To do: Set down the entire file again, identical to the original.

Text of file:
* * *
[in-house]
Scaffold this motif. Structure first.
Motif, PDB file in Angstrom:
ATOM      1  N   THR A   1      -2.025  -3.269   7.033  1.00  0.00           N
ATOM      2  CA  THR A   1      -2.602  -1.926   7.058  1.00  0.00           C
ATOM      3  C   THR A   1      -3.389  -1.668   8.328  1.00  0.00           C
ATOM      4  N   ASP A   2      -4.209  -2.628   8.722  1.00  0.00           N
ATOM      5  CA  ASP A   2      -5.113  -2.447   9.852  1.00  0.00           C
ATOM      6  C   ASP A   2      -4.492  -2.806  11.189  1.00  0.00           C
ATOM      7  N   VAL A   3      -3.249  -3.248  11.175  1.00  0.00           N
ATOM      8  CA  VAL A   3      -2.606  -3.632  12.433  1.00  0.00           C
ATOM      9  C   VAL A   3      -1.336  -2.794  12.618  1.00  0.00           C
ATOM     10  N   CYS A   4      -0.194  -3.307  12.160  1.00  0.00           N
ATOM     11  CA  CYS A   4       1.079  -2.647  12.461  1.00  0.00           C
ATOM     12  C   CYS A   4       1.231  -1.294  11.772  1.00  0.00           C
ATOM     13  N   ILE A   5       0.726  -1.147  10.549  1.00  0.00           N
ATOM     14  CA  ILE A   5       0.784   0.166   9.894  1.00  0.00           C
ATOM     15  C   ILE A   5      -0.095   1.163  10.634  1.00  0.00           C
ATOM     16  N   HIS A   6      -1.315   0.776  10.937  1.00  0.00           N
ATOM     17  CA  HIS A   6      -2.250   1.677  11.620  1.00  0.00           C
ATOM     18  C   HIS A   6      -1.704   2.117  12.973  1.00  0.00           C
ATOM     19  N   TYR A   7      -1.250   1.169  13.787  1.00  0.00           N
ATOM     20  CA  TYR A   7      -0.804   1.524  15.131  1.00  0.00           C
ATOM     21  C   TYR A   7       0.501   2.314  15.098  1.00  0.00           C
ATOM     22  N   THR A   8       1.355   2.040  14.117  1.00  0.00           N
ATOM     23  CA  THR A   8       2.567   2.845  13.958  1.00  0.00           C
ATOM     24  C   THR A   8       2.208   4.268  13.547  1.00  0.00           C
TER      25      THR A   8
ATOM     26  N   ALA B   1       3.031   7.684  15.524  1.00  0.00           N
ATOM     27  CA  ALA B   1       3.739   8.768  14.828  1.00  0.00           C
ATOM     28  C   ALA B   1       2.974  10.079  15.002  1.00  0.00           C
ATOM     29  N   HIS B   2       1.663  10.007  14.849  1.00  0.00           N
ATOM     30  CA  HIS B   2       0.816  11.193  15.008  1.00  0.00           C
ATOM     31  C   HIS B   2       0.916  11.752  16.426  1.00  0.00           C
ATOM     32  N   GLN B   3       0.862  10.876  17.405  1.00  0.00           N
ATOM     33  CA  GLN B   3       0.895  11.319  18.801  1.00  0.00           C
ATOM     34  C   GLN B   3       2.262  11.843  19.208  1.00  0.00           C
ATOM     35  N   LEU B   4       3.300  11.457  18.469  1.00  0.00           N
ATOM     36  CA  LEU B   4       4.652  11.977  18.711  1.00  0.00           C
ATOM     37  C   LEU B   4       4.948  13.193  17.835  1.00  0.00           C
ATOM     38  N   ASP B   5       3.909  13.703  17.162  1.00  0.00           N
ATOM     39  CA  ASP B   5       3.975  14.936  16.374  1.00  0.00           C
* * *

[in-house]
Scaffold this motif. Structure first.
Motif, PDB file in Angstrom:
ATOM      1  N   THR A   1      -2.025  -3.269   7.033  1.00  0.00           N
ATOM      2  CA  THR A   1      -2.602  -1.926   7.058  1.00  0.00           C
ATOM      3  C   THR A   1      -3.389  -1.668   8.328  1.00  0.00           C
ATOM      4  N   ASP A   2      -4.209  -2.628   8.722  1.00  0.00           N
ATOM      5  CA  ASP A   2      -5.113  -2.447   9.852  1.00  0.00           C
ATOM      6  C   ASP A   2      -4.492  -2.806  11.189  1.00  0.00           C
ATOM      7  N   VAL A   3      -3.249  -3.248  11.175  1.00  0.00           N
ATOM      8  CA  VAL A   3      -2.606  -3.632  12.433  1.00  0.00           C
ATOM      9  C   VAL A   3      -1.336  -2.794  12.618  1.00  0.00           C
ATOM     10  N   CYS A   4      -0.194  -3.307  12.160  1.00  0.00           N
ATOM     11  CA  CYS A   4       1.079  -2.647  12.461  1.00  0.00           C
ATOM     12  C   CYS A   4       1.231  -1.294  11.772  1.00  0.00           C
ATOM     13  N   ILE A   5       0.726  -1.147  10.549  1.00  0.00           N
ATOM     14  CA  ILE A   5       0.784   0.166   9.894  1.00  0.00           C
ATOM     15  C   ILE A   5      -0.095   1.163  10.634  1.00  0.00           C
ATOM     16  N   HIS A   6      -1.315   0.776  10.937  1.00  0.00           N
ATOM     17  CA  HIS A   6      -2.250   1.677  11.620  1.00  0.00           C
ATOM     18  C   HIS A   6      -1.704   2.117  12.973  1.00  0.00           C
ATOM     19  N   TYR A   7      -1.250   1.169  13.787  1.00  0.00           N
ATOM     20  CA  TYR A   7      -0.804   1.524  15.131  1.00  0.00           C
ATOM     21  C   TYR A   7       0.501   2.314  15.098  1.00  0.00           C
ATOM     22  N   THR A   8       1.355   2.040  14.117  1.00  0.00           N
ATOM     23  CA  THR A   8       2.567   2.845  13.958  1.00  0.00           C
ATOM     24  C   THR A   8       2.208   4.268  13.547  1.00  0.00           C
TER      25      THR A   8
ATOM     26  N   ALA B   1       3.031   7.684  15.524  1.00  0.00           N
ATOM     27  CA  ALA B   1       3.739   8.768  14.828  1.00  0.00           C
ATOM     28  C   ALA B   1       2.974  10.079  15.002  1.00  0.00           C
ATOM     29  N   HIS B   2       1.663  10.007  14.849  1.00  0.00           N
ATOM     30  CA  HIS B   2       0.816  11.193  15.008  1.00  0.00           C
ATOM     31  C   HIS B   2       0.916  11.752  16.426  1.00  0.00           C
ATOM     32  N   GLN B   3       0.862  10.876  17.405  1.00  0.00           N
ATOM     33  CA  GLN B   3       0.895  11.319  18.801  1.00  0.00           C
ATOM     34  C   GLN B   3       2.262  11.843  19.208  1.00  0.00           C
ATOM     35  N   LEU B   4       3.300  11.457  18.469  1.00  0.00           N
ATOM     36  CA  LEU B   4       4.652  11.977  18.711  1.00  0.00           C
ATOM     37  C   LEU B   4       4.948  13.193  17.835  1.00  0.00           C
ATOM     38  N   ASP B   5       3.909  13.703  17.162  1.00  0.00           N
ATOM     39  CA  ASP B   5       3.975  14.936  16.374  1.00  0.00           C